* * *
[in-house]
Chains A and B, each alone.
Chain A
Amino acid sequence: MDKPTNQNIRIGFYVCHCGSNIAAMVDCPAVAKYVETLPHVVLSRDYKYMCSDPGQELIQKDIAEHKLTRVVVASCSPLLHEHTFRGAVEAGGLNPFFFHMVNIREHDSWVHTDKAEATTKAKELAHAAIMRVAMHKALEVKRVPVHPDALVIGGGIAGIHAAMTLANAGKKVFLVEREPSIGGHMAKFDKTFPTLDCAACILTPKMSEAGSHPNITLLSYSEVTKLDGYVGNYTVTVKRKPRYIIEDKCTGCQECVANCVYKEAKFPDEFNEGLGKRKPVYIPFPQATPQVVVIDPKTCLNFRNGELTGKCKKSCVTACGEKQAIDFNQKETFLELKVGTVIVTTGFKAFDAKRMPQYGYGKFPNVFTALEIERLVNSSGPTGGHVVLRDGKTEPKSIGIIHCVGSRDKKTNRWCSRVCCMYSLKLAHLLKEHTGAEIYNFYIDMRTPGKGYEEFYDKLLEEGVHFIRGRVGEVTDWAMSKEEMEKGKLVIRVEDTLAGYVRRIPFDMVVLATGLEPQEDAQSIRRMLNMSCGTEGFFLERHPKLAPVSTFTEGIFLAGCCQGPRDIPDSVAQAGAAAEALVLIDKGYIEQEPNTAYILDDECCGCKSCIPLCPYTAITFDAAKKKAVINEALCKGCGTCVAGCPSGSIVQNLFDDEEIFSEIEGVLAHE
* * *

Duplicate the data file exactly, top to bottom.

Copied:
[in-house]
Chains A and B, each alone.
Chain A
Amino acid sequence: MDKPTNQNIRIGFYVCHCGSNIAAMVDCPAVAKYVETLPHVVLSRDYKYMCSDPGQELIQKDIAEHKLTRVVVASCSPLLHEHTFRGAVEAGGLNPFFFHMVNIREHDSWVHTDKAEATTKAKELAHAAIMRVAMHKALEVKRVPVHPDALVIGGGIAGIHAAMTLANAGKKVFLVEREPSIGGHMAKFDKTFPTLDCAACILTPKMSEAGSHPNITLLSYSEVTKLDGYVGNYTVTVKRKPRYIIEDKCTGCQECVANCVYKEAKFPDEFNEGLGKRKPVYIPFPQATPQVVVIDPKTCLNFRNGELTGKCKKSCVTACGEKQAIDFNQKETFLELKVGTVIVTTGFKAFDAKRMPQYGYGKFPNVFTALEIERLVNSSGPTGGHVVLRDGKTEPKSIGIIHCVGSRDKKTNRWCSRVCCMYSLKLAHLLKEHTGAEIYNFYIDMRTPGKGYEEFYDKLLEEGVHFIRGRVGEVTDWAMSKEEMEKGKLVIRVEDTLAGYVRRIPFDMVVLATGLEPQEDAQSIRRMLNMSCGTEGFFLERHPKLAPVSTFTEGIFLAGCCQGPRDIPDSVAQAGAAAEALVLIDKGYIEQEPNTAYILDDECCGCKSCIPLCPYTAITFDAAKKKAVINEALCKGCGTCVAGCPSGSIVQNLFDDEEIFSEIEGVLAHE